Avner Zabari did not grow up as a woodworker during his childhood in Israel, and, as he traveled the world after finishing his required military service, it was in painting where he first practiced his artistic skills. After traveling to South America, he landed in Miami, where he stayed.
The location has been a big influence on his work, he said — “definitely the colors, but not the colors of Miami Vice. It’s hot here, and very colorful. Miami is very mixed: a mix of colors, a mix of people, a mix from everywhere. It’ssomething I wasn’t open to before, but after I moved here, I found it very interesting. ‘Shorts with flip-flops’ is how I like my life to be.”
He also discovered, “after I came to the United States, I found out I have to do something more than painting — something people can use, and interact with.” Since Avner’s arrival in Florida was shortly after Hurricane Andrew, there was a need for furniture.
He makes a line of about 15 to 20 pieces a year of what he considers sculpture. “A piece I make, I make it 360 degrees. Artwork is the way I see it; I don’t see it as furniture.”
Avner works in different materials, including wood, metal and leathers, and will often combine them together. The metal, he said, might be steel hinges, or handles, shaped into different forms such as faces, leaves, butterflies and more. A cabinet might open to reveal a metal or leather interior and, “from time to time, I work a little bit heavily with metal, maybe forge legs.”
“Sometimes a different material can give you different options for design. And sometimes you’re working on something and you make a mistake, and you think, ‘oh, well, this can work.'”
Avner finds his inspiration for his designs, “everywhere,” including travel. He just came back from two months in Europe and the Middle East, where he noticed the architecture in particular. “I’ll see a building, and think ‘I can take this idea of a roof,’ he said. Then the piece doesn’t look like a buildnig, but a corner of the piece” might incorporate the design idea inspired by the roof shape.
He also notes that a typical element of his designs is a top piece: “Most pieces, I like something on the top. It seems like I like something like a hat.”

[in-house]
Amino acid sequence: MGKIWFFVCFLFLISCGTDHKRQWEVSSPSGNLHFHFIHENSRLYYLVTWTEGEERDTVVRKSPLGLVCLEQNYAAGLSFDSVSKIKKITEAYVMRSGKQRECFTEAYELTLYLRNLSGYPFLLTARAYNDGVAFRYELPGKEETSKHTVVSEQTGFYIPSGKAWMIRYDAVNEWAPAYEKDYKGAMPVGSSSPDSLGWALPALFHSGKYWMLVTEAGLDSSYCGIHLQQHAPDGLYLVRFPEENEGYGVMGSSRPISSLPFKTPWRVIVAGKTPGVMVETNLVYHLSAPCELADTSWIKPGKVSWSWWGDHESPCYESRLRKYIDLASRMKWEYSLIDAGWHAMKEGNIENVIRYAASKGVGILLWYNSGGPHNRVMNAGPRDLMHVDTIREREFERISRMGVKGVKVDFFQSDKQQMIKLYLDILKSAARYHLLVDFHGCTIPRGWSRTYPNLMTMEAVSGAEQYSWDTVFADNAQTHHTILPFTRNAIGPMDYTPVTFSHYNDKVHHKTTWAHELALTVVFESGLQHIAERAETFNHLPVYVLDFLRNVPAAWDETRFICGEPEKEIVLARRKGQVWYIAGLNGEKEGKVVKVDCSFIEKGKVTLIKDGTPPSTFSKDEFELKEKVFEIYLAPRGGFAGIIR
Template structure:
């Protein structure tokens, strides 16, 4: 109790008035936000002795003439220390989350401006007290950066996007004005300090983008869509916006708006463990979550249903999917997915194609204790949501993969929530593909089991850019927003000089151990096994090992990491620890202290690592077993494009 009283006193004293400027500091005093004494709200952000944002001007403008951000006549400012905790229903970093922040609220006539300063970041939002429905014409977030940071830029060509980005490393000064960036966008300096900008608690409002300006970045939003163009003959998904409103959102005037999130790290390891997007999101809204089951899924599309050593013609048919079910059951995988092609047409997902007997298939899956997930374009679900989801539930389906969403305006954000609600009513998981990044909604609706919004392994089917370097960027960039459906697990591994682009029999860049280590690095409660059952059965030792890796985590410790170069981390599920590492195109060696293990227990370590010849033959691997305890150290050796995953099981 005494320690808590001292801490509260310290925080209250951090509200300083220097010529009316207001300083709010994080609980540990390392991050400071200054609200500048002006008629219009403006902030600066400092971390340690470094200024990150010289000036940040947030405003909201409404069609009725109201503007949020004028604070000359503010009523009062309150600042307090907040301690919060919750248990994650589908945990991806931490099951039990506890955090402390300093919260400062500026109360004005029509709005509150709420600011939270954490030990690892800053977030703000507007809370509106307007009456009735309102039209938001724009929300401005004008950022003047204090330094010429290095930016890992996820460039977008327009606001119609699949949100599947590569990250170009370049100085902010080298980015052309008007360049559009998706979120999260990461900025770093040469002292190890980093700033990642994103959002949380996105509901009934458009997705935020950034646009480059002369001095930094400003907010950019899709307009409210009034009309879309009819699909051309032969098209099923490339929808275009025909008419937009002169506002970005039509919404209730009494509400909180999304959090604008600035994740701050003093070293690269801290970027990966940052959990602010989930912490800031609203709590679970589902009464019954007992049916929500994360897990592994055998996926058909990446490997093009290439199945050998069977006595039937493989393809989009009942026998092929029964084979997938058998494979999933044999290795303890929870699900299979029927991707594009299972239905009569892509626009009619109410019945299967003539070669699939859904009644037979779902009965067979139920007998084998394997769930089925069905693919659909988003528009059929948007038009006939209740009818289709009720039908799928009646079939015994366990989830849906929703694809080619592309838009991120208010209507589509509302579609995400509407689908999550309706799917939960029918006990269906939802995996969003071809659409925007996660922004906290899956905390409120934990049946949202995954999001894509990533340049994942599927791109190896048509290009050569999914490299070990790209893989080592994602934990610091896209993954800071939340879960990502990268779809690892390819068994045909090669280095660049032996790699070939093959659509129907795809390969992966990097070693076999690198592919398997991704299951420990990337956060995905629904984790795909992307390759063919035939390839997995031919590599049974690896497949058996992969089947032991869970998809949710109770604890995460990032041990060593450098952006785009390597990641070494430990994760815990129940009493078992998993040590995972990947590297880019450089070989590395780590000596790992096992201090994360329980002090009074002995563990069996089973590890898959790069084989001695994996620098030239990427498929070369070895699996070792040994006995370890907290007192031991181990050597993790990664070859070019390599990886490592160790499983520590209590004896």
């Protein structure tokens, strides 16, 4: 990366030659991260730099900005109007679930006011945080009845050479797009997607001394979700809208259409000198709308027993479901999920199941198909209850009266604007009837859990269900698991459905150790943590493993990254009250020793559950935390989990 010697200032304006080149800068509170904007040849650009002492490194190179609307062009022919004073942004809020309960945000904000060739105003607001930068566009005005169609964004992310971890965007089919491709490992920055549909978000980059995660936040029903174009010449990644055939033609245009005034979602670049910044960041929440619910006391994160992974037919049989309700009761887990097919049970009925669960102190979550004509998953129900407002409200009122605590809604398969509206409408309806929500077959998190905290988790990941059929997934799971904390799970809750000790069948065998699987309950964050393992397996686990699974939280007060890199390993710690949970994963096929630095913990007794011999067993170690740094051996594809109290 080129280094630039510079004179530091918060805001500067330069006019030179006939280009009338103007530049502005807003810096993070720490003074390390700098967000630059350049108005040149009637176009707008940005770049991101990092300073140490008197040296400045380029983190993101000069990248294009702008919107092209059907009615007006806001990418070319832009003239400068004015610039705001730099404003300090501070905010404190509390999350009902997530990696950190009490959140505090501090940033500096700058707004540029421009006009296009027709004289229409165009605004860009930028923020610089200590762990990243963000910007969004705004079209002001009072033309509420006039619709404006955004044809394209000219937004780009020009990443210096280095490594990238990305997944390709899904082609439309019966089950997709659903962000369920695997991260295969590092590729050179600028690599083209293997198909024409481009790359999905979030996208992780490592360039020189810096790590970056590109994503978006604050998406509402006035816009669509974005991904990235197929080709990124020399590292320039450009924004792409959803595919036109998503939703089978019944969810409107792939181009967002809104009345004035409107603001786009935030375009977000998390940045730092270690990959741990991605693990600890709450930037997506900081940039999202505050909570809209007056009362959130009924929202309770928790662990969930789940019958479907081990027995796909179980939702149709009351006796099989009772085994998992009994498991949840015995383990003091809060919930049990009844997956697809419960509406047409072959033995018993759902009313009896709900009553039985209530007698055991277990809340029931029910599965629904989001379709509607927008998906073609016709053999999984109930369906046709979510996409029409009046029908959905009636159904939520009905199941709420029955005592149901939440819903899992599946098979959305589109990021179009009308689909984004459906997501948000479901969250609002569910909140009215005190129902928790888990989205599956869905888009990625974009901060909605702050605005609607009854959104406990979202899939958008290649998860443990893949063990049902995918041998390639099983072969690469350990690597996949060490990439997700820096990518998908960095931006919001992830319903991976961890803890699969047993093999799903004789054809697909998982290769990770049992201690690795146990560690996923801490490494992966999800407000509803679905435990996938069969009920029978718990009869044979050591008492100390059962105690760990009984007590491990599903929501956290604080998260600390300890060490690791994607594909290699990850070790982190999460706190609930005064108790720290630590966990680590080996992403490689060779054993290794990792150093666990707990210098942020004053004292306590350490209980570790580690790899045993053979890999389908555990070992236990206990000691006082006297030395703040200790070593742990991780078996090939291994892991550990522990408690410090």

In his next generation of work, Avner said, he is combining his pieces with painting, although he is not yet sure in what manner. Ninety-nine percent of his woodwork, he noted, is painted — “Some people come and knock on it and ask, ‘Is this wood?’ They don’t think it’s wood because it’s painted.”
The wood he was working with earlier in his career, shortly after traveling to South America, was mostly pine. “I was touched by the primitive look: cracks on pieces, paint chips and all that. I used to buy damaged pine and create a design where the wood split, or a design where the nail pops out. Pine is a good wood for that style, very absorbing of paint.”
These days, “I’m a little bit more refined; I use plywood,” Avner said. He also sometimes works with a painting style he calls “organized mess,” which involves painting several layers of colors but leaving the shape of the wood and grooves visible under them. “When I apply the colors, you can see all the layers of colors. It’s an organized mess underneath all that,” Avner said. For instance, his pieces “Raising Love” and “Trying to be Good” have lines and freehand scratches on parts like drawer faces, “but they’re organized scratches,” Avner said.
Almost all of his pieces, he said, have design incorporated into the back and the front. “It’s very important that you see the piece in person,” he said. “Everything in my pieces comes from my heart.”